(T5) Matt Olson, Athletics: Here is a quick look at the numbers Olson has put up over the past three years. It’s an ugly trend happening:
Olson got a brief look with the Athletics in September, where he went 2-21 but with 7 walks. He has a history of solid on base skills, but they’re nowhere near where they once were. Olson is also getting a look in the right field, but there isn’t a lot of room for Olson to sneak in anywhere barring some break out on his part. I worry that he ends up in a platoon role based on his lack of production vs LHP, where he hit just .167 with a 36% K rate.
(T7) Sam Travis, Red Sox: Sam Travis is expected to be ready for Spring Training after missed most of last year with a torn ACL in his left knee. Perhaps it is unfair to drop him too much in the rankings as he was starting to look like a potential answer for the Red Sox at first base in 2017. Then again, life is not always fair. If the Red Sox look to fill David Ortiz’s spot internally next year there is still a shot he can contribute. I really like the bat, but nearly a full year of lost development certainly took its toll on the young right-handed hitter’s prospect stock. It might be a great time to buy low.
Video courtesy of Mass Live
The New Faces
Matt Thaiss, Angels: Thaiss was drafted in the first round of last year’s amateur draft as a pretty advanced college bat. The Angels played him exclusively as a first baseman after he spent his college years behind the plate. The switch from catcher to first base is a significant hit to his fantasy value, but he has enough power and contact skills for the bat to play. Thaiss did a solid job in his pro debut with 19 extra base hits in 52 games. He walked 10% of the time, while striking out at just a 12% rate. Already the Angels’ top prospect, Thaiss adds some excitement to a system that needed such an injection.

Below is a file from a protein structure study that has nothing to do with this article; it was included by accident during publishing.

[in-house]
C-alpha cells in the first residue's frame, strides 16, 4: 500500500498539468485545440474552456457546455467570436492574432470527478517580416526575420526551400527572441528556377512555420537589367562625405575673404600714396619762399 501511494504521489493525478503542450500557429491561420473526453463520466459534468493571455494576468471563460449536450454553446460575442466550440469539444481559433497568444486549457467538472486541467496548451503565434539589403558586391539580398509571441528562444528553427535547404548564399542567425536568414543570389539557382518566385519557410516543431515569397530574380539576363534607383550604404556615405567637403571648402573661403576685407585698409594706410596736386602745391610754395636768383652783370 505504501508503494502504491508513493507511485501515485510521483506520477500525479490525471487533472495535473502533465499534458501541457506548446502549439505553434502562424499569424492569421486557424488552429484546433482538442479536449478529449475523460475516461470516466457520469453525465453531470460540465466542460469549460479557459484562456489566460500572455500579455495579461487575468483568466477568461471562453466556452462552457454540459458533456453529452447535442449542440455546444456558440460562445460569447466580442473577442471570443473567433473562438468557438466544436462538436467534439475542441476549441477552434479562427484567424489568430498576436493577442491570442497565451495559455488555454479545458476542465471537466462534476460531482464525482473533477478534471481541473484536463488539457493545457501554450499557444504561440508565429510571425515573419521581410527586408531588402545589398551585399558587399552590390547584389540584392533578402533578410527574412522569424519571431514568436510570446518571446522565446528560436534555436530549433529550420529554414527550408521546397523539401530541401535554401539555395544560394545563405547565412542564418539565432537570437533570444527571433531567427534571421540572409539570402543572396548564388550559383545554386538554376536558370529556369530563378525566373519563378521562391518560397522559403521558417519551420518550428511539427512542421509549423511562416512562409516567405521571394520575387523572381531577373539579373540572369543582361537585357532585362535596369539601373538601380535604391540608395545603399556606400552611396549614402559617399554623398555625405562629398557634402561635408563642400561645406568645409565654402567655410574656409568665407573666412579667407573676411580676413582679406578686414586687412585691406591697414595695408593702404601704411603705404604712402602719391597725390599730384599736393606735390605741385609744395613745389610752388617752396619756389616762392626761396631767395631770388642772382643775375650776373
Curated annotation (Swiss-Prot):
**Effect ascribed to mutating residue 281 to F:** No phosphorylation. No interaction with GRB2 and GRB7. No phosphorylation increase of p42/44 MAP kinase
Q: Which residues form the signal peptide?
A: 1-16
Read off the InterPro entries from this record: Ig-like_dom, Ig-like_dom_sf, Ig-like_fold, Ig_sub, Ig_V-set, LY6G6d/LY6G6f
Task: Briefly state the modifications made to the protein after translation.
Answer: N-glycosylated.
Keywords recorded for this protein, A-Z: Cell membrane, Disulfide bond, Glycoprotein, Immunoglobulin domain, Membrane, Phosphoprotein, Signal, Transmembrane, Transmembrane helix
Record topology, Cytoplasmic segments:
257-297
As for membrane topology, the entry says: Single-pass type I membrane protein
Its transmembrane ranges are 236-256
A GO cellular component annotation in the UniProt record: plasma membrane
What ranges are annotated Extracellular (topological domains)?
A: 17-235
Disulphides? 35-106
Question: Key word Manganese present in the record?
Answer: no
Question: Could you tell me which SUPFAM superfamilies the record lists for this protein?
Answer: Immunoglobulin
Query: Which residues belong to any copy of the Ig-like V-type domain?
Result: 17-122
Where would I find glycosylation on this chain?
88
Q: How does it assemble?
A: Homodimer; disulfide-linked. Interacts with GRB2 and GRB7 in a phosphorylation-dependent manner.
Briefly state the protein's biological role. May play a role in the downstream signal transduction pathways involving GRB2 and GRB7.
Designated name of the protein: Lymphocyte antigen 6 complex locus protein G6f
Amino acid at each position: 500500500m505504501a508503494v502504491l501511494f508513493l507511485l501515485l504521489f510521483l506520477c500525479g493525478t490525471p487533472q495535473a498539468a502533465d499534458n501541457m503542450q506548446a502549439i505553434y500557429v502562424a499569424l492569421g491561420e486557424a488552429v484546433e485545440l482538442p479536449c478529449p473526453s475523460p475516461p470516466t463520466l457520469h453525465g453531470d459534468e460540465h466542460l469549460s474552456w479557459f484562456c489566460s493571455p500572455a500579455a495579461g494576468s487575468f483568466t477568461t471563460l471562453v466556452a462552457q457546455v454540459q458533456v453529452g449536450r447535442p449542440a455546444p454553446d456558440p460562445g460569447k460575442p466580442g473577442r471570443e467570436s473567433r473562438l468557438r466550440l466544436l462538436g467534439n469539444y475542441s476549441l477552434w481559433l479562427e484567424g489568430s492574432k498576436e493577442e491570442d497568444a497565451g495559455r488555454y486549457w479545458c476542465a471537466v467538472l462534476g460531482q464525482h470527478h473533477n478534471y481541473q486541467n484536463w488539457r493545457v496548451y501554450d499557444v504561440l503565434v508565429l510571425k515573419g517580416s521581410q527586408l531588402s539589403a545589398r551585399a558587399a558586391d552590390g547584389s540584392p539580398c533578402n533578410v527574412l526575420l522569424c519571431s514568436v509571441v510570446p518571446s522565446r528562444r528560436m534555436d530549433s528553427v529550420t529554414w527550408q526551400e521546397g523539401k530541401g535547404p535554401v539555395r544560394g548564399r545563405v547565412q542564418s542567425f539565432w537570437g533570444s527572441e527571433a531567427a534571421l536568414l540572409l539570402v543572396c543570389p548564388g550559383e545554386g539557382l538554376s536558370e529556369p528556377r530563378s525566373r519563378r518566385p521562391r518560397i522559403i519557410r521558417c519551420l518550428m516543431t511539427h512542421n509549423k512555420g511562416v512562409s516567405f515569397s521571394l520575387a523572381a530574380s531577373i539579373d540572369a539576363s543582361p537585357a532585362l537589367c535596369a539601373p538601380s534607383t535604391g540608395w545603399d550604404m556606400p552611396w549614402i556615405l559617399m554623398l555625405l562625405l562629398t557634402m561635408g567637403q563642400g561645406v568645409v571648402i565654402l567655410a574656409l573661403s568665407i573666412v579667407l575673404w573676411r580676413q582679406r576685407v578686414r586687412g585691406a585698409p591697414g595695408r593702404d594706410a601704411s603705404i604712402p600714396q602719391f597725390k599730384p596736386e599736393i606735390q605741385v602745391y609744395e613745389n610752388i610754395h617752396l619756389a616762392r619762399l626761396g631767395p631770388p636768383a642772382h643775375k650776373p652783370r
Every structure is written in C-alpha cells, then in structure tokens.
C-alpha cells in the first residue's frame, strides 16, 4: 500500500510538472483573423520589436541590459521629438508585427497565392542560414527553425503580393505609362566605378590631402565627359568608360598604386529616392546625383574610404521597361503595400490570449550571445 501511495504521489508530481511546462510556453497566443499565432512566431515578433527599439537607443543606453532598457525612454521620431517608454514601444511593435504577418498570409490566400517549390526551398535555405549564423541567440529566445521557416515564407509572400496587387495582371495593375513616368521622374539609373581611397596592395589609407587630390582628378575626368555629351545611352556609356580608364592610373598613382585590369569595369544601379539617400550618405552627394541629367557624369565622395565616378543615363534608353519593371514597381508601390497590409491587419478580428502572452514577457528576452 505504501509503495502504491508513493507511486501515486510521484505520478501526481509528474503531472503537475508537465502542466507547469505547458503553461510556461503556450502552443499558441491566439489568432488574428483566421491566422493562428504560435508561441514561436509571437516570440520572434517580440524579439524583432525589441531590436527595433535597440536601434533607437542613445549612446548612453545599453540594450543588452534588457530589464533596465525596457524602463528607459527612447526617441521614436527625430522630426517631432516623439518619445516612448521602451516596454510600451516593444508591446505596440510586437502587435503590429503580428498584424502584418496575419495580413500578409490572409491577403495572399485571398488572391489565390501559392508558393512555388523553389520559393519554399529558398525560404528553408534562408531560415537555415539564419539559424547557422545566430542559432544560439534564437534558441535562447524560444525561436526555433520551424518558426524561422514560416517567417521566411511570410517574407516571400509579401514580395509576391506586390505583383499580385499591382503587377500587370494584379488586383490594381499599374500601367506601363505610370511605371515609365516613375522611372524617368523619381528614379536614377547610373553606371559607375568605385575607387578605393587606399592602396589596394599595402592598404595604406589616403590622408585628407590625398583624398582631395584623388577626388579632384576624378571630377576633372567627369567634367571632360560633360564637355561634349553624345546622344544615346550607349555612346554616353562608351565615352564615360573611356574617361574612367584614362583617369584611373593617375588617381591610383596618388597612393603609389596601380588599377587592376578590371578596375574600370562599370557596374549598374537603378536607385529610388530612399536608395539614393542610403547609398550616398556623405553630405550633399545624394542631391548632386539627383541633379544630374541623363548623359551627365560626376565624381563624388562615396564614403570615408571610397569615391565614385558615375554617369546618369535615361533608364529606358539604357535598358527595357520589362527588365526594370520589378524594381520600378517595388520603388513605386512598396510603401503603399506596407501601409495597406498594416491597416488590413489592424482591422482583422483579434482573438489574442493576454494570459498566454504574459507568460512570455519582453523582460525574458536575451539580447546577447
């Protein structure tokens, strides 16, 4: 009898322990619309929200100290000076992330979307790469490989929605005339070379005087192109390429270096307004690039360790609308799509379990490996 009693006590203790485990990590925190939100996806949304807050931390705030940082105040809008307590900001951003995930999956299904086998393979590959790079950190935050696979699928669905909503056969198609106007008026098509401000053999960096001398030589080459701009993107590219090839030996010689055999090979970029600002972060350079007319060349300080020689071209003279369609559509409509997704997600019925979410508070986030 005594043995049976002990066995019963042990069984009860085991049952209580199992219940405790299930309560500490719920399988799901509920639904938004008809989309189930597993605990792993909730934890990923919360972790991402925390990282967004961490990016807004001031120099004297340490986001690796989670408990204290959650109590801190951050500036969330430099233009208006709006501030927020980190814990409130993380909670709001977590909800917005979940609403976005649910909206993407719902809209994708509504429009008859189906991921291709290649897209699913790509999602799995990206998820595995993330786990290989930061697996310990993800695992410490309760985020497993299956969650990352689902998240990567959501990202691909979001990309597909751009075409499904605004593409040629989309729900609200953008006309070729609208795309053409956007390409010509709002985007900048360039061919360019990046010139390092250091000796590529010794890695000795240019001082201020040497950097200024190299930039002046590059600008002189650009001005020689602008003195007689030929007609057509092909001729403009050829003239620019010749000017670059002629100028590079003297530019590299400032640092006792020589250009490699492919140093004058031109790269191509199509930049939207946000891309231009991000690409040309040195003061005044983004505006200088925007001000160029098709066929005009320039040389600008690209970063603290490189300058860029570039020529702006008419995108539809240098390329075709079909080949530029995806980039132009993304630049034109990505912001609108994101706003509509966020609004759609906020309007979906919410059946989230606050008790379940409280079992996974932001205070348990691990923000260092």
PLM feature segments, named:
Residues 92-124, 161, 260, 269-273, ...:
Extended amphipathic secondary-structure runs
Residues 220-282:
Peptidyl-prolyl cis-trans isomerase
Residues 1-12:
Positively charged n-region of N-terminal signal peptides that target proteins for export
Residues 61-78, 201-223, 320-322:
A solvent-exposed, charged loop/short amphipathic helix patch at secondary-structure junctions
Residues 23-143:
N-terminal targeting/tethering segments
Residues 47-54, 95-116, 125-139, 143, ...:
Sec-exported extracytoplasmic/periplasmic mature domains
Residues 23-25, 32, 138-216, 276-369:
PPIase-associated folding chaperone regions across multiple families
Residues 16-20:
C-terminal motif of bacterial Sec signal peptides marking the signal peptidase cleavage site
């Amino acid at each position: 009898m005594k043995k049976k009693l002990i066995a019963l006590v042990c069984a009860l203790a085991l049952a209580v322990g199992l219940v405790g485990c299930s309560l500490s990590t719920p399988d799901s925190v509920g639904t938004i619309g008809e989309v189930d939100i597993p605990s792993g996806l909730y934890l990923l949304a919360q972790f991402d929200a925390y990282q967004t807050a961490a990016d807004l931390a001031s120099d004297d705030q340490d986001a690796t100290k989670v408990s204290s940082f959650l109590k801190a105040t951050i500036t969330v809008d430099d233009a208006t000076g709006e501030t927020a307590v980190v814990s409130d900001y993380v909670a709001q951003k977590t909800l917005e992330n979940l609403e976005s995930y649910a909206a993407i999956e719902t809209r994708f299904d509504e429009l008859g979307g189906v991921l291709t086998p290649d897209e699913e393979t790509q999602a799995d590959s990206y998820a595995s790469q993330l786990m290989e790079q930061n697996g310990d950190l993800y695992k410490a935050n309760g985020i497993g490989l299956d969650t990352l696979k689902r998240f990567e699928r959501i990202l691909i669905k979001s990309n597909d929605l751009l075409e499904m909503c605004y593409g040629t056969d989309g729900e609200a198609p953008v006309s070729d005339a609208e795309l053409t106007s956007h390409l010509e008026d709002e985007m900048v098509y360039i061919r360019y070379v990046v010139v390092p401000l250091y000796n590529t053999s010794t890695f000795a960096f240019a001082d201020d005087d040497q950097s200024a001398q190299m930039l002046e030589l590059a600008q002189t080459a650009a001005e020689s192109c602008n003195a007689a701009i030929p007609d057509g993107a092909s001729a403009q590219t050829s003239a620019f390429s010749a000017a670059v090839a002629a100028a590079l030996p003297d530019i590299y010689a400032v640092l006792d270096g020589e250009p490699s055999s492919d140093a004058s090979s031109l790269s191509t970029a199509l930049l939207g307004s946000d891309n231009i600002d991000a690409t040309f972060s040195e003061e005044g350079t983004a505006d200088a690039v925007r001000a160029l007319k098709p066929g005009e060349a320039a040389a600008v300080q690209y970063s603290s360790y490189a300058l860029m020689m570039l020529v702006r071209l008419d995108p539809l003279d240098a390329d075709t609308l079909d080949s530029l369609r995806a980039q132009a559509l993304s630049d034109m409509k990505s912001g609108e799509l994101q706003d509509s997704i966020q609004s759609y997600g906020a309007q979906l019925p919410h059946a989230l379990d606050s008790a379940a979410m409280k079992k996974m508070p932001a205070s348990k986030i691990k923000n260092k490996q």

Peter Alonso, Mets: Alonso is a big right-handed first baseman who has a ton of raw power, and just might walk enough to make up for likely a less-than-stellar batting average. He makes hard contact consistently though and did well in Low A ball last year, hitting .321/.382/.587. A 21-year-old bat out of the University of Florida, Alonso could move quickly through the ranks.
Video courtesy of 2080 Baseball
Tyler Austin, Yankees: Austin is a little old to be breaking into the top first base prospects, but it’s not like he hasn’t been here before. In fact, heading into 2013 he was considered a top-100 overall prospect by both Baseball America and MLB.com. A wrist injury contributed to a poor 2013 campaign, and his power never came back until 2016. In AAA this year, Austin hit .323/.415/.637 earning him a promotion to the major leagues. In 31 games with the Yankees Austin hit 5 home runs but with 40% K rate and an 18.8% swinging strike rate. Those numbers are bound to improve, but he will likely always suffer with a poor batting average.
If given regular playing time, there’s little doubt that he could hit 20-25 home runs. With the other internal candidates that the Yankees have in Greg Bird and Rob Refsnyder, and the numerous free agent options available, it’s far from a guarantee that he will ever have that chance. It’s been a fun ride in 2016 though, and I have to think he’ll get every opportunity at least.
Next week I will take a look at second base prospects, where the top guy is on the move – to another position.